Will Women Revive the General Strike in America?

Activists aim to make Wednesday, which is International Women’s Day, a Day Without Women—and without their labor and spending power.

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First you take the National Mall. Then you take your labor and your cash.

That’s the aim of the Day Without Women, whose organizers urged women to stay home from work, refuse to perform unpaid labor, and refrain from spending money Wednesday to protest inequality.

For International Women’s Day, a coalition of activists, including those behind the Women’s March, asked women across the U.S. to do something that’s become nearly verboten for many American workers in the past several decades: Strike.

Unlike a traditional strike in which workers pressure companies for better pay or benefits, a general strike has broader targets. The Day Without Women, taking a cue from work stoppages in Poland and Argentina, asked women to opt out in the name of women’s equality, a $15 minimum wage, and abortion rights, among other issues.

A general work stoppage suggests that, at least in theory, strikers could grind the economy to a halt by refusing to participate in it, or at least make enough noise to get attention. But the Wednesday strike has a more modest and potentially subversive goal: “We want to reintroduce the notion of strike in the political lexicon of this country,” said Lamis Deek, a human-rights attorney and one of the organizers of the Day Without Women.

A strike, with its implied threat, is a more aggressive form of protest than a Saturday-afternoon march like the ones held nationwide on Jan. 21, and the organizers hope Wednesday is just the beginning. “A lot of what people are trying to do is start to rebuild a muscle,” said Janice Fine, a professor of labor studies at Rutgers University. “They are trying to get people to think about how they might participate.” 

The U.S. hasn’t seen widespread general strikes since the 1940s. Even more targeted, union-sponsored actions have also become rare. (In the past decade there were 143 work stoppages in the U.S., compared with almost 3,500 four decades ago, according to the Bureau of Labor Statistics.) But since President Donald Trump’s inauguration, the idea of striking has recaptured at least part of the working population’s imagination.

In February, Yemeni workers in New York City’s bodegas closed about 1,000 convenience stores in protest. Later that month, immigrants across the U.S. stayed home to voice their opposition to the administration’s immigration policies. “You couldn’t get your half-gallon of milk from the local bodegas, because these people were shut down,” said Linda Sarsour, national co-chair of the Women’s March on Washington. “There’s been recent, consistent precedent of what kinds of local impact this has.”

And next week, technology workers plan to stage a walkout to urge their bosses to stand up to Trump when he “enacts policies that negatively affect our community,” according to the group’s manifesto on GoFundMe.

Given the high concentration of women in jobs they've traditionally dominated—more than 90 percent of nurses, kindergarten teachers, medical assistants, and payroll clerks are women, according to the BLS—those industries might see an unusual number of workers absent Wednesday. “A strike highlights the labor by the people who are striking,” said Deek.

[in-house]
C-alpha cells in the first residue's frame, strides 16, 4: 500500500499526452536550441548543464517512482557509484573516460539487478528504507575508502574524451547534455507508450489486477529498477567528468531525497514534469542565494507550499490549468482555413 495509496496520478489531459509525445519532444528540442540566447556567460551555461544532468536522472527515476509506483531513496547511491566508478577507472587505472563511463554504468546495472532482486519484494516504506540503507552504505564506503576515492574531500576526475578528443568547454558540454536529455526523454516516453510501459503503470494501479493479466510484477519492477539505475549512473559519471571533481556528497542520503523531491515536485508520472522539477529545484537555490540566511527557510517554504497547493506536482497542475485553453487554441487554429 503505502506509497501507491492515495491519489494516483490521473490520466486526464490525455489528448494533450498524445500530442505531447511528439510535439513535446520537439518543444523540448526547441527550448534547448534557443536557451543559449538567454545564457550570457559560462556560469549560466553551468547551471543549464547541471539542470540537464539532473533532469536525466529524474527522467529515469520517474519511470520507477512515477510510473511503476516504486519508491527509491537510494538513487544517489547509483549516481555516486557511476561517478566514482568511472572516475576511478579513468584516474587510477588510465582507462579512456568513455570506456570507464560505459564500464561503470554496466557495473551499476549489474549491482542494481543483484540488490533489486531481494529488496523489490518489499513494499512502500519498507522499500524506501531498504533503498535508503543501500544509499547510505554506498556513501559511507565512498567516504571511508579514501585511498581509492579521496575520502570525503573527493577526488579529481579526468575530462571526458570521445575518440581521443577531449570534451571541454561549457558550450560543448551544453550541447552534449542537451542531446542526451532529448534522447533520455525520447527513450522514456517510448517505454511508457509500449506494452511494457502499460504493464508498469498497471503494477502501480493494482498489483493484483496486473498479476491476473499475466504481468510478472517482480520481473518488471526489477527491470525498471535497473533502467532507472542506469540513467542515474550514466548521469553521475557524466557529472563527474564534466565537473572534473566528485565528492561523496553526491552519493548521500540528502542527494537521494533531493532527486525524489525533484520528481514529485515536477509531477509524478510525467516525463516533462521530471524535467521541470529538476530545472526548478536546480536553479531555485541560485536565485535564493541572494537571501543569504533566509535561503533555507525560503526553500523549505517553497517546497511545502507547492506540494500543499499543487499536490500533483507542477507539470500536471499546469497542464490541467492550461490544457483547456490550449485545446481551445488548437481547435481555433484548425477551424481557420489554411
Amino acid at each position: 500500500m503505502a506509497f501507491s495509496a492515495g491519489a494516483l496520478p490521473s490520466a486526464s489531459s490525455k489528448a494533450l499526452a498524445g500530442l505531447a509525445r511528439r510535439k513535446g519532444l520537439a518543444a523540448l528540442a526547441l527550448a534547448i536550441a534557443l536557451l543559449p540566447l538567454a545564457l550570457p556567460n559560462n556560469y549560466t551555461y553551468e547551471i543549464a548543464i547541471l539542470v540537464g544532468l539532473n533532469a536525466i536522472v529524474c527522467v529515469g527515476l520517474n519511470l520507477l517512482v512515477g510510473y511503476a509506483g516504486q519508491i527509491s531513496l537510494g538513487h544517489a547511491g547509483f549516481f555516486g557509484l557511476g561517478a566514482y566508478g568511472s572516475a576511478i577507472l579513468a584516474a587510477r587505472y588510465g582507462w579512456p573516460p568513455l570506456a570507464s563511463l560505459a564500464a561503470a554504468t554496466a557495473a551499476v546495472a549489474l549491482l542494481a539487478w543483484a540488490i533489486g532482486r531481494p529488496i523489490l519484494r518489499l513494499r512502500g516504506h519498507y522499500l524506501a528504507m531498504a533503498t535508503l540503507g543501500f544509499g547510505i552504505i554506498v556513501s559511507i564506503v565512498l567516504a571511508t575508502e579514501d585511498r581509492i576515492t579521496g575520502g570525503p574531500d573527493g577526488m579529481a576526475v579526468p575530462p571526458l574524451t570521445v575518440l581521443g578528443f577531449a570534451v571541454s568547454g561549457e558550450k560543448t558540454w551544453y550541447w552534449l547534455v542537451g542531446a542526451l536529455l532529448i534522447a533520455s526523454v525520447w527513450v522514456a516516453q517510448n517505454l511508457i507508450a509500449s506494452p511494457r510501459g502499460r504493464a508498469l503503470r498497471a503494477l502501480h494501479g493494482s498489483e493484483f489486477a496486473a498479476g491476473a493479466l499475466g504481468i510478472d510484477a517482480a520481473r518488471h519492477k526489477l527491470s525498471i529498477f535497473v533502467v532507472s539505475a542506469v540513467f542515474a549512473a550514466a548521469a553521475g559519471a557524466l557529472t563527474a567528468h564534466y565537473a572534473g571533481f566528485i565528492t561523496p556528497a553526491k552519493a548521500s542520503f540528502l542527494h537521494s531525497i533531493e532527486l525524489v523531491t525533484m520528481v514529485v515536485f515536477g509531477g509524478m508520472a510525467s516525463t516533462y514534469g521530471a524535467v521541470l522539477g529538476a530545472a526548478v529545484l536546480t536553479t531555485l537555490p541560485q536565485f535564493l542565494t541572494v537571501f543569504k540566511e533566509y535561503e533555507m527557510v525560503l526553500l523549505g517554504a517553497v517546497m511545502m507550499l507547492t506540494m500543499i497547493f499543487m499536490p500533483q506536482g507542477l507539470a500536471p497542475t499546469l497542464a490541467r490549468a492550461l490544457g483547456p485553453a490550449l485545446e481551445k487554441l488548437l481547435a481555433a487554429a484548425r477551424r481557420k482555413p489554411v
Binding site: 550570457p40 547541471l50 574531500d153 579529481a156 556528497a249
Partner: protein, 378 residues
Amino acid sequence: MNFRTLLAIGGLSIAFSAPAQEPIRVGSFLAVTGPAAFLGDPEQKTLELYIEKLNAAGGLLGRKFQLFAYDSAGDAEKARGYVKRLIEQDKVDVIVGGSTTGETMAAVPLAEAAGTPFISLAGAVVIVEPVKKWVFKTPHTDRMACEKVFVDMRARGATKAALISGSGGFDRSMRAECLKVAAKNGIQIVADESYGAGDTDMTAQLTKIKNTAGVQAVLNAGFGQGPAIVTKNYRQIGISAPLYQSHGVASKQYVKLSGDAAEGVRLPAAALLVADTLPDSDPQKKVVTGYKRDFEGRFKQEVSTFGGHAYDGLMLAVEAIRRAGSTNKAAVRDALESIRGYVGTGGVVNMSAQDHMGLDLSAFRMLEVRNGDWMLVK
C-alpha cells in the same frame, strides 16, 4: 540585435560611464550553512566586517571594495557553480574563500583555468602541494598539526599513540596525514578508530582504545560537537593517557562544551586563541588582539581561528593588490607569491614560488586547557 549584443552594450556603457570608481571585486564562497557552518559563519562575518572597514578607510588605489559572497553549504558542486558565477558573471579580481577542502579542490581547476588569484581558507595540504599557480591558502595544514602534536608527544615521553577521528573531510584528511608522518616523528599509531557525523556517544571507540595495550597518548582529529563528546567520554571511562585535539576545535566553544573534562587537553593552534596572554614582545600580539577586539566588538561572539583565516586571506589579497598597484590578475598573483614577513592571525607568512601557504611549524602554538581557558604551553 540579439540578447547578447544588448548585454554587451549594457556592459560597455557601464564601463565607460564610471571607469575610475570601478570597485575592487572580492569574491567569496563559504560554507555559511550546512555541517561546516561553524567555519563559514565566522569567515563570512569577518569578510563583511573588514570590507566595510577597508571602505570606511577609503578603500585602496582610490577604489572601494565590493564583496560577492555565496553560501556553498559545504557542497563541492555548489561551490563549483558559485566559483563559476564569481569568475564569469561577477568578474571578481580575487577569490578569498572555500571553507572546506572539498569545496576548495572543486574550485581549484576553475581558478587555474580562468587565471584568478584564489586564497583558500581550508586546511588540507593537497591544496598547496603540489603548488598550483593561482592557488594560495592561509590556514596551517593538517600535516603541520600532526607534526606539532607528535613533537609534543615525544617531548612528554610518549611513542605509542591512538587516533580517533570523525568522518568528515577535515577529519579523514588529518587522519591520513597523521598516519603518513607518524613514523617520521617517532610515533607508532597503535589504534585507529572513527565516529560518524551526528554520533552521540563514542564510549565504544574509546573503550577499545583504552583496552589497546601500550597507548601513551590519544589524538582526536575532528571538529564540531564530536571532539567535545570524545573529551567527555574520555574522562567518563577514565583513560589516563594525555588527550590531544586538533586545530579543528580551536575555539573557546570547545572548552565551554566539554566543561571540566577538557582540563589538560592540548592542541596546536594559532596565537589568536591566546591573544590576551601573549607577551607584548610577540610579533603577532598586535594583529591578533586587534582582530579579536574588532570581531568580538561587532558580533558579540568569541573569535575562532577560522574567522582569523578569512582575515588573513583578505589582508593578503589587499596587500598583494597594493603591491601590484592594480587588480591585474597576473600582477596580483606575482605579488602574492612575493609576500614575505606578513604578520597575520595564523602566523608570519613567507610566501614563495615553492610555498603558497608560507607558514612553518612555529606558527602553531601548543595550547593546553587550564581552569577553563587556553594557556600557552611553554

The leaders of the Day Without Women say they don’t expect to shut down the economy. But enough women are participating to disrupt daily life in pockets of the country.

More than 300 public school teachers in Alexandria, Va., requested the day off work, prompting the school district to shut down for the day. A school district in North Carolina also canceled classes. Instead of striking, teachers at the Horace Mann School, a private school in New York, planned to lead silent activities and teach lessons focusing on the contributions of women.

The level of interest in this strike suggests there are more on the horizon, said Fine. “It’s not a stretch to me to think that people will be up for greater sacrifice.”

In a world where companies are increasingly forced to take political sides anyway, some gave their female employees the day off to protest. The women’s website Bustle, for example, wasn't publishing any new content Wednesday; employees could instead participate in an optional volunteer day or strike. “It seems like a really interesting opportunity to showcase what a day is like without women,” said Editor-in-Chief Kate Ward. NARAL Pro-Choice America also closed its Washington, D.C., office.

Beyond not working, the organizers suggested women wear red and also avoid spending money, or else do so only at women-owned businesses. “It would pretty much shut down the economy if all women bought nothing,” said Michael Englund, the chief economist at Action Economics, a financial analysis firm. “It is a question of participation. I’ve never seen any boycott or protest ever affect GDP numbers.”

Some Washington-area restaurants said they would donate part of their profits to organizations that support women’s rights—although those discounts, along with company-sponsored events for professional women, don’t quite dovetail with the show of economic power of a strike.

But any participation keeps women’s issues in the news and perpetuates the momentum generated by January’s marches, reportedly attended by more than 3 million people. “If we even manage to have some workplaces closing down, this is already a success,” said Deek. 

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